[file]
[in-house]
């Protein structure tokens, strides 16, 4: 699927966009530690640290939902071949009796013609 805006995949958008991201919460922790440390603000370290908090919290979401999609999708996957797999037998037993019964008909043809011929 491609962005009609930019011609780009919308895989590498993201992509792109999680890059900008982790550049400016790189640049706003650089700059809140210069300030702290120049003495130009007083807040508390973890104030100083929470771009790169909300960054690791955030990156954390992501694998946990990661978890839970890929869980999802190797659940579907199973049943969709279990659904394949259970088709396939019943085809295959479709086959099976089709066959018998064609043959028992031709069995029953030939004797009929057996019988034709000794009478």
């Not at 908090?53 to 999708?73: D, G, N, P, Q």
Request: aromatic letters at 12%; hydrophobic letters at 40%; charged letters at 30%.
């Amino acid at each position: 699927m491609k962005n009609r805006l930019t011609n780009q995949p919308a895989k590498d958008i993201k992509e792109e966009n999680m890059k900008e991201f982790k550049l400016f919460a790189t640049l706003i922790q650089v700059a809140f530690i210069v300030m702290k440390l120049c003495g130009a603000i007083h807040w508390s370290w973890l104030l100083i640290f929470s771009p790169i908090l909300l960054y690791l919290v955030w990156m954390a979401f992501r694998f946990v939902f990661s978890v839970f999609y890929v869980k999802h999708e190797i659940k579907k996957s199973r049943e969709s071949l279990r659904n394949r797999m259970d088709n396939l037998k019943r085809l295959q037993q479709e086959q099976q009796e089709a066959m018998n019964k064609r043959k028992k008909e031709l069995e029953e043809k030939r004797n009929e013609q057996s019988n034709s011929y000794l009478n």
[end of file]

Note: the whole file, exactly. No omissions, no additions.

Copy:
[in-house]
């Protein structure tokens, strides 16, 4: 699927966009530690640290939902071949009796013609 805006995949958008991201919460922790440390603000370290908090919290979401999609999708996957797999037998037993019964008909043809011929 491609962005009609930019011609780009919308895989590498993201992509792109999680890059900008982790550049400016790189640049706003650089700059809140210069300030702290120049003495130009007083807040508390973890104030100083929470771009790169909300960054690791955030990156954390992501694998946990990661978890839970890929869980999802190797659940579907199973049943969709279990659904394949259970088709396939019943085809295959479709086959099976089709066959018998064609043959028992031709069995029953030939004797009929057996019988034709000794009478």
């Not at 908090?53 to 999708?73: D, G, N, P, Q």
Request: aromatic letters at 12%; hydrophobic letters at 40%; charged letters at 30%.
């Amino acid at each position: 699927m491609k962005n009609r805006l930019t011609n780009q995949p919308a895989k590498d958008i993201k992509e792109e966009n999680m890059k900008e991201f982790k550049l400016f919460a790189t640049l706003i922790q650089v700059a809140f530690i210069v300030m702290k440390l120049c003495g130009a603000i007083h807040w508390s370290w973890l104030l100083i640290f929470s771009p790169i908090l909300l960054y690791l919290v955030w990156m954390a979401f992501r694998f946990v939902f990661s978890v839970f999609y890929v869980k999802h999708e190797i659940k579907k996957s199973r049943e969709s071949l279990r659904n394949r797999m259970d088709n396939l037998k019943r085809l295959q037993q479709e086959q099976q009796e089709a066959m018998n019964k064609r043959k028992k008909e031709l069995e029953e043809k030939r004797n009929e013609q057996s019988n034709s011929y000794l009478n």